CME Group will begin publishing CVOL Indexes on a daily, close-to-close basis, using settlement prices. These initial publications will also provide two years of historical EOD implied volatility numbers for each index and indicator series on each product being published.
It is our goal to begin publishing real-time index calculations in H2 2021.
CVOL is a family of benchmarks based on industry best practices, complying with the IOSCO Principles for Financial Benchmarks (July 2013), including but not limited to implementing a governance structure and creating a transparent methodology. The methodology and benchmark statements will be made publicly available.
CVOL Indexes are administered by CME Group Benchmark Administration Limited (CBA). In line with the IOSCO Principles for Financial Benchmarks, CBA has appointed an Oversight Committee, to review the integrity of the benchmark and challenge the administrator in all aspects of the benchmark determination process. CVOL Indexes will be subject to a regular audit process
We have several resources you can access to learn more about the CVOL Indexes, all of which are available on the CVOL Index homepage.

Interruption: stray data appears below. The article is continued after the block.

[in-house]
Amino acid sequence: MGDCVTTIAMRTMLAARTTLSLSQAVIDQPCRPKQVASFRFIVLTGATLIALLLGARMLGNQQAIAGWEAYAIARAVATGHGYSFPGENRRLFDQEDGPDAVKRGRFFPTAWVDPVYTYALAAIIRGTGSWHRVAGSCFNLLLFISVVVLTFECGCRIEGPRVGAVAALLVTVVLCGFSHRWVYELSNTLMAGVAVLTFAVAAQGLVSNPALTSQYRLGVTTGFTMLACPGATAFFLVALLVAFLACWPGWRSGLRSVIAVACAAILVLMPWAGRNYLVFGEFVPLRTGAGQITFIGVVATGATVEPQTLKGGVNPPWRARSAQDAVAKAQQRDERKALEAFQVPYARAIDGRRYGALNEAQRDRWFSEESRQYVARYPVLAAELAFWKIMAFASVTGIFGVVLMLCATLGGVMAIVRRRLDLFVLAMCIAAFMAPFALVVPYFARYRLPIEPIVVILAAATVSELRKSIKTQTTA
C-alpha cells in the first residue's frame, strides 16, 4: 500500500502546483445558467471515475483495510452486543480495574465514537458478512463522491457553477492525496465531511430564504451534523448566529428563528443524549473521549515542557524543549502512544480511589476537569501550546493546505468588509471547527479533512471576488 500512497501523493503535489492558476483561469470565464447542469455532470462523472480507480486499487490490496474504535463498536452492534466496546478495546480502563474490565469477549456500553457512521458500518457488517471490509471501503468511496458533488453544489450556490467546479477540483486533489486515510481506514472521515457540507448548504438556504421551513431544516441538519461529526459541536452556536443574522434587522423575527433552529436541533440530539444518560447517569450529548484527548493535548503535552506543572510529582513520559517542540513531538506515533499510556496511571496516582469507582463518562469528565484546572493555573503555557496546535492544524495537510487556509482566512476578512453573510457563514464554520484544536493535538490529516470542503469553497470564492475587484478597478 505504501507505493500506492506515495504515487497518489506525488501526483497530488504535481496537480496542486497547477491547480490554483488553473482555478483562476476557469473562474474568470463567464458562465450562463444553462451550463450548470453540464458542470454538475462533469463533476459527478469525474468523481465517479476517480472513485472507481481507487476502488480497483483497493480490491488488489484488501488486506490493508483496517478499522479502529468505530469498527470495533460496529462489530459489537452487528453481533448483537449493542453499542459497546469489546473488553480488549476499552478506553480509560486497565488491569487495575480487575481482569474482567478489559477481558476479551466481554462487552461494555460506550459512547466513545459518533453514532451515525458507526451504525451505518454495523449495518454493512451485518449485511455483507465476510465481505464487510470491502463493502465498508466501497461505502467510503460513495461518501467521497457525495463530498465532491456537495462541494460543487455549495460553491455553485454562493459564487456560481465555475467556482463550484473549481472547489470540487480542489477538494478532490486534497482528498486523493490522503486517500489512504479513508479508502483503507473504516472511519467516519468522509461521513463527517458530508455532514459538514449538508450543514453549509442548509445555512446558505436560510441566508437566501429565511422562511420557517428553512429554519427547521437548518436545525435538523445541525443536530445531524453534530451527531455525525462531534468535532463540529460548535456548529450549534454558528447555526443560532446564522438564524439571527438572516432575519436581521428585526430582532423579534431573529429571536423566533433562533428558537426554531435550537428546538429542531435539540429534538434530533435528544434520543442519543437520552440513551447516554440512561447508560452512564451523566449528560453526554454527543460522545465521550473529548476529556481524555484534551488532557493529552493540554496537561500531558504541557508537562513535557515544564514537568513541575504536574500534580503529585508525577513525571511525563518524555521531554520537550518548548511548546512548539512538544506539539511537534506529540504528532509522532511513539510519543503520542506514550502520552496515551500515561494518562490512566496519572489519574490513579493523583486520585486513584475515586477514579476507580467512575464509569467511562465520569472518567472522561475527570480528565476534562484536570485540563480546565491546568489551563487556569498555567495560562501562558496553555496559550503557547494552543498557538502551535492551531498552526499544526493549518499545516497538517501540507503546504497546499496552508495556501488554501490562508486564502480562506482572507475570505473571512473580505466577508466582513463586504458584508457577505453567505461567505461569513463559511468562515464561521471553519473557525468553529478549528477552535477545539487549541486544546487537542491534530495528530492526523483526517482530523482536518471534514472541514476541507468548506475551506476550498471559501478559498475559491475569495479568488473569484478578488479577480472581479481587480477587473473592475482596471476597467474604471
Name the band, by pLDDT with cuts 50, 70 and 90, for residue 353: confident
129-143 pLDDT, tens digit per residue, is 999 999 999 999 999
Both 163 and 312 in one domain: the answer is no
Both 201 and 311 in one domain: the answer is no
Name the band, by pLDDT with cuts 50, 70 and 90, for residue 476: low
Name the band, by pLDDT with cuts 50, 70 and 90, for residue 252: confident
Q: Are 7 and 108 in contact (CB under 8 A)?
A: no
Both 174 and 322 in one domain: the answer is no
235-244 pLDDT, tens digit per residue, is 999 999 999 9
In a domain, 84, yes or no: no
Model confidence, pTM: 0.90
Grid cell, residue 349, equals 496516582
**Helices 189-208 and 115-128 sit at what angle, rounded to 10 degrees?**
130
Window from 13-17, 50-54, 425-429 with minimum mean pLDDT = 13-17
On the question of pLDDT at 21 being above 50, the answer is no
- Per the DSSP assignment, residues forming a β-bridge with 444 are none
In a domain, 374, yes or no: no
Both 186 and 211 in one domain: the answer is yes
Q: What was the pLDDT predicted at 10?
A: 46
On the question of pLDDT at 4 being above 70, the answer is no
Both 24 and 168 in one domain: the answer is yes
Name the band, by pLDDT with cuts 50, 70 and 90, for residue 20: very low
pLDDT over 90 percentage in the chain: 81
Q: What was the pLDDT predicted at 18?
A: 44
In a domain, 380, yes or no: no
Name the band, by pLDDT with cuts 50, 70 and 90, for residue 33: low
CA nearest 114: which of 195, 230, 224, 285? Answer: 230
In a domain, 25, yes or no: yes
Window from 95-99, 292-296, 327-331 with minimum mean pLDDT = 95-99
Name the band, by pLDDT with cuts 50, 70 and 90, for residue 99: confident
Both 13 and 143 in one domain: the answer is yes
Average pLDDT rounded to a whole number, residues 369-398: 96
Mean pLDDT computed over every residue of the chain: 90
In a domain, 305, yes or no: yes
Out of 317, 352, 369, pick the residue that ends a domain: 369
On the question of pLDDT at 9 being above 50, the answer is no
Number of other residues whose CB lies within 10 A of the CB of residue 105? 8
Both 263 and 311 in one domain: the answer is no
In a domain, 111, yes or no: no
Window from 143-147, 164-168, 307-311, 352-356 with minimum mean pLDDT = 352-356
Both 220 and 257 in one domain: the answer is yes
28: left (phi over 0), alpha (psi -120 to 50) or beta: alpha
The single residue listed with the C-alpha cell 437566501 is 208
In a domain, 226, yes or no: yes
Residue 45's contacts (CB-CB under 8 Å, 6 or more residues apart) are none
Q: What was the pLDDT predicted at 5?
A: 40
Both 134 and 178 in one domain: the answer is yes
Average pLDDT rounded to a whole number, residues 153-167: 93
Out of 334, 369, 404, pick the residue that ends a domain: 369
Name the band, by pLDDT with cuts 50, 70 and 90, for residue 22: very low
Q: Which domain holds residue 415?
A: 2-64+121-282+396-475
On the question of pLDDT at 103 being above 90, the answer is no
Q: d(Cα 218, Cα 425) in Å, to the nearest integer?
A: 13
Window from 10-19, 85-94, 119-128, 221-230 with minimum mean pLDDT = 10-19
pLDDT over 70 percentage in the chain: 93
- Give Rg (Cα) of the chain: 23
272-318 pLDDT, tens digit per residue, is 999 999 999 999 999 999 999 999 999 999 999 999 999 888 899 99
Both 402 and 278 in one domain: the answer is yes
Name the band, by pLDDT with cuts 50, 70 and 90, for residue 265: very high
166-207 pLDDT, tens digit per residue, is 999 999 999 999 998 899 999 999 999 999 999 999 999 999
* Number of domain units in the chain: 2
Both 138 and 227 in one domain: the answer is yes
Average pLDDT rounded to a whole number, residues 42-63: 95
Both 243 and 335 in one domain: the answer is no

The latest index values and indicators are displayed on our CVOL Index Visualizer tool, provided by QuikStrike.
Registered users can also download at least two years of history for each index through CME DataMine.
The full description for the CVOL Index methodology is available here.
CME will offer a variety of direct licensing options including redistribution, historical usage, derived usage, and other common customer data licensing needs. Please contact CME Data Sales to discuss your specific licensing needs.
CME Group is working with redistributors to make this data available in their platforms and other data services. Ultimately, many third parties prioritize new data products based upon their direct customer demand. Please contact your redistributor to request this data as part of your data services.